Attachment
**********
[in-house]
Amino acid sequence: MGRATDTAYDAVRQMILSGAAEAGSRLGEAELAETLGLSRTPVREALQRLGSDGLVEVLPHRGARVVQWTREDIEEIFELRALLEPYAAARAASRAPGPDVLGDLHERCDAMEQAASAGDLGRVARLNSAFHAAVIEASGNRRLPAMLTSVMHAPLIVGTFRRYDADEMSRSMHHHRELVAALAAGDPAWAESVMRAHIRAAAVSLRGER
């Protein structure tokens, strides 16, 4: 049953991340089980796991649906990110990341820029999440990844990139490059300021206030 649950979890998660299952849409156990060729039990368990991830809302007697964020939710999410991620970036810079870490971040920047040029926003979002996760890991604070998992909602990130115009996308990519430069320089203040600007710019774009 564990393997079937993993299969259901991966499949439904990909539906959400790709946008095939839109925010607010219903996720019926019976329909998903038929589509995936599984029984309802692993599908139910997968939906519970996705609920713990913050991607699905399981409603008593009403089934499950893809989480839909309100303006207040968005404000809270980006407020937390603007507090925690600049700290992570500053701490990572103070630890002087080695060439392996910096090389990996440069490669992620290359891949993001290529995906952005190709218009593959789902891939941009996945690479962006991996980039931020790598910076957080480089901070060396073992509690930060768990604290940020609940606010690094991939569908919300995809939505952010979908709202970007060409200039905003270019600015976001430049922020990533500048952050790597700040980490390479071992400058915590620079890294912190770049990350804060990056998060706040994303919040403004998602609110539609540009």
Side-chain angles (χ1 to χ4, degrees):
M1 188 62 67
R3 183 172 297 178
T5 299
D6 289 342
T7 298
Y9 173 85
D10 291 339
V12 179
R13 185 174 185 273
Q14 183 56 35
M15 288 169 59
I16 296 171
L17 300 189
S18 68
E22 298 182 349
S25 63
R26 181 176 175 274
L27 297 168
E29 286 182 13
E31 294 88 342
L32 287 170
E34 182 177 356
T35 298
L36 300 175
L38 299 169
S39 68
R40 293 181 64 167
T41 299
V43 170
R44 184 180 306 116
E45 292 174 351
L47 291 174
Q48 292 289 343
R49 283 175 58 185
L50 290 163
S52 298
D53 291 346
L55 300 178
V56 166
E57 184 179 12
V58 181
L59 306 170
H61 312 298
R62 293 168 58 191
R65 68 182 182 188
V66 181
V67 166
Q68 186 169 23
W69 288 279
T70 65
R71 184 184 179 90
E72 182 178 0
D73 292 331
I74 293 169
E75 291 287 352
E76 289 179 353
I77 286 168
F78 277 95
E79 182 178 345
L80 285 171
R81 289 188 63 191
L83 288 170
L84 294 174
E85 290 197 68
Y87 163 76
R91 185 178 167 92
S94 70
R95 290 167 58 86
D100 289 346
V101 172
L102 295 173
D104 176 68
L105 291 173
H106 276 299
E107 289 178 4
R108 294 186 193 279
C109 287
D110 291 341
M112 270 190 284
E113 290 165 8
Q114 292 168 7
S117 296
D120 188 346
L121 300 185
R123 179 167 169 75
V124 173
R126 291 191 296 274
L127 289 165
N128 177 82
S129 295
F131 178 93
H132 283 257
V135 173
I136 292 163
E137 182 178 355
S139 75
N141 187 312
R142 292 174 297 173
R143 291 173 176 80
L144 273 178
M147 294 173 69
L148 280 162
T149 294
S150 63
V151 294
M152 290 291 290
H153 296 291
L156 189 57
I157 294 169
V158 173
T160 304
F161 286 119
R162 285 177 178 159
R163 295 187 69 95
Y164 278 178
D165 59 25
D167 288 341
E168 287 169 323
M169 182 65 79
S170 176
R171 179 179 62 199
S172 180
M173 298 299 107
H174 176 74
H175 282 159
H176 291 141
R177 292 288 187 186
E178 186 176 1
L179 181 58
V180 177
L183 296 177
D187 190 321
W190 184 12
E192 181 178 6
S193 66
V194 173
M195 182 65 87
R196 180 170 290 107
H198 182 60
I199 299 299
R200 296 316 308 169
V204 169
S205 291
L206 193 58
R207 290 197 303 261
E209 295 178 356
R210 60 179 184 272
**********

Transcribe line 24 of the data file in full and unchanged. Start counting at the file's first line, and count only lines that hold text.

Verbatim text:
E31 294 88 342